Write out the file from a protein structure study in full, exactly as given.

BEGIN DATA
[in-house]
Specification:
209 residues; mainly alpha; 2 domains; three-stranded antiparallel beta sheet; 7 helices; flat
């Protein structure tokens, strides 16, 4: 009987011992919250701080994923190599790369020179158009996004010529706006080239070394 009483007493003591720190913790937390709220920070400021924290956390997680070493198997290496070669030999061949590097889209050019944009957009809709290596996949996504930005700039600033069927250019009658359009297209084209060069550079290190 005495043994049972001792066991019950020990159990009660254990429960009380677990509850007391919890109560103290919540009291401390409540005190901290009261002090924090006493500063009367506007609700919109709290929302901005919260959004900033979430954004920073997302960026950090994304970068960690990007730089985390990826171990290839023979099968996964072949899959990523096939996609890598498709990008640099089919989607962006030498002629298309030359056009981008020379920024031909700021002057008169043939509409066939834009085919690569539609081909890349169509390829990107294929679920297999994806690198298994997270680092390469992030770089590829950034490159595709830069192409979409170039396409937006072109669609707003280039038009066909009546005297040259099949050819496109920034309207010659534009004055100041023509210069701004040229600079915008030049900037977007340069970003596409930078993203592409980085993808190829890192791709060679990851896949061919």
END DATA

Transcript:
[in-house]
Specification:
209 residues; mainly alpha; 2 domains; three-stranded antiparallel beta sheet; 7 helices; flat
């Protein structure tokens, strides 16, 4: 009987011992919250701080994923190599790369020179158009996004010529706006080239070394 009483007493003591720190913790937390709220920070400021924290956390997680070493198997290496070669030999061949590097889209050019944009957009809709290596996949996504930005700039600033069927250019009658359009297209084209060069550079290190 005495043994049972001792066991019950020990159990009660254990429960009380677990509850007391919890109560103290919540009291401390409540005190901290009261002090924090006493500063009367506007609700919109709290929302901005919260959004900033979430954004920073997302960026950090994304970068960690990007730089985390990826171990290839023979099968996964072949899959990523096939996609890598498709990008640099089919989607962006030498002629298309030359056009981008020379920024031909700021002057008169043939509409066939834009085919690569539609081909890349169509390829990107294929679920297999994806690198298994997270680092390469992030770089590829950034490159595709830069192409979409170039396409937006072109669609707003280039038009066909009546005297040259099949050819496109920034309207010659534009004055100041023509210069701004040229600079915008030049900037977007340069970003596409930078993203592409980085993808190829890192791709060679990851896949061919």